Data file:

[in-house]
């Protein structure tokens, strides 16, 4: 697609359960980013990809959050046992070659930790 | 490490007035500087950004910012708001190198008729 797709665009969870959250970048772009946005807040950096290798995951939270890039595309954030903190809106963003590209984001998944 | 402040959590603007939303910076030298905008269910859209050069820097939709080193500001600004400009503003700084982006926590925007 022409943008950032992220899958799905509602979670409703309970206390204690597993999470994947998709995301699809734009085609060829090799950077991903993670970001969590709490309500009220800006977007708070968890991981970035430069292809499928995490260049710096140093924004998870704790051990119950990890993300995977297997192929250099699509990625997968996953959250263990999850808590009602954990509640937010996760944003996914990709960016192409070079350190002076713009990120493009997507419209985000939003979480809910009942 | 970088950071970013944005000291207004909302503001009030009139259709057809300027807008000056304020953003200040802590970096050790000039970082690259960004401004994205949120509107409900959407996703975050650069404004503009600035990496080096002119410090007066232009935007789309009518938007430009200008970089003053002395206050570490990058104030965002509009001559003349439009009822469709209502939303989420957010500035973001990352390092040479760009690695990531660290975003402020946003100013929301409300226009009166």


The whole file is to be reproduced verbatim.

[in-house]
């Protein structure tokens, strides 16, 4: 697609359960980013990809959050046992070659930790 | 490490007035500087950004910012708001190198008729 797709665009969870959250970048772009946005807040950096290798995951939270890039595309954030903190809106963003590209984001998944 | 402040959590603007939303910076030298905008269910859209050069820097939709080193500001600004400009503003700084982006926590925007 022409943008950032992220899958799905509602979670409703309970206390204690597993999470994947998709995301699809734009085609060829090799950077991903993670970001969590709490309500009220800006977007708070968890991981970035430069292809499928995490260049710096140093924004998870704790051990119950990890993300995977297997192929250099699509990625997968996953959250263990999850808590009602954990509640937010996760944003996914990709960016192409070079350190002076713009990120493009997507419209985000939003979480809910009942 | 970088950071970013944005000291207004909302503001009030009139259709057809300027807008000056304020953003200040802590970096050790000039970082690259960004401004994205949120509107409900959407996703975050650069404004503009600035990496080096002119410090007066232009935007789309009518938007430009200008970089003053002395206050570490990058104030965002509009001559003349439009009822469709209502939303989420957010500035973001990352390092040479760009690695990531660290975003402020946003100013929301409300226009009166």